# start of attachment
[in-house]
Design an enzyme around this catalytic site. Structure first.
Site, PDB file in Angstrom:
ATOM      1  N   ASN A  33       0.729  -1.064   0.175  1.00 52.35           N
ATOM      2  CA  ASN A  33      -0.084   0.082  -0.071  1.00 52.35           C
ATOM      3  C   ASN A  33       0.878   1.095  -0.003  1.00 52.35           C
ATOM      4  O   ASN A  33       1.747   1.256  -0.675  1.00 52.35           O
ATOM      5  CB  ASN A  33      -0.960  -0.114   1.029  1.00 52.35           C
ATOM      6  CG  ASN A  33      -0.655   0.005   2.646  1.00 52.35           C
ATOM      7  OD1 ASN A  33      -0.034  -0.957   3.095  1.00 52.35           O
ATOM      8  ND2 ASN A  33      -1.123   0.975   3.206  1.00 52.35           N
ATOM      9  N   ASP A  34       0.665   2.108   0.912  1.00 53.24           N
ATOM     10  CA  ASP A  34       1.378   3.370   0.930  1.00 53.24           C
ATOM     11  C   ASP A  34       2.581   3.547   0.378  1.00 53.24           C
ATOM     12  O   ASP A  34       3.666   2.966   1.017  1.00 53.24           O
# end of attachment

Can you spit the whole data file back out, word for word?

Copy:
[in-house]
Design an enzyme around this catalytic site. Structure first.
Site, PDB file in Angstrom:
ATOM      1  N   ASN A  33       0.729  -1.064   0.175  1.00 52.35           N
ATOM      2  CA  ASN A  33      -0.084   0.082  -0.071  1.00 52.35           C
ATOM      3  C   ASN A  33       0.878   1.095  -0.003  1.00 52.35           C
ATOM      4  O   ASN A  33       1.747   1.256  -0.675  1.00 52.35           O
ATOM      5  CB  ASN A  33      -0.960  -0.114   1.029  1.00 52.35           C
ATOM      6  CG  ASN A  33      -0.655   0.005   2.646  1.00 52.35           C
ATOM      7  OD1 ASN A  33      -0.034  -0.957   3.095  1.00 52.35           O
ATOM      8  ND2 ASN A  33      -1.123   0.975   3.206  1.00 52.35           N
ATOM      9  N   ASP A  34       0.665   2.108   0.912  1.00 53.24           N
ATOM     10  CA  ASP A  34       1.378   3.370   0.930  1.00 53.24           C
ATOM     11  C   ASP A  34       2.581   3.547   0.378  1.00 53.24           C
ATOM     12  O   ASP A  34       3.666   2.966   1.017  1.00 53.24           O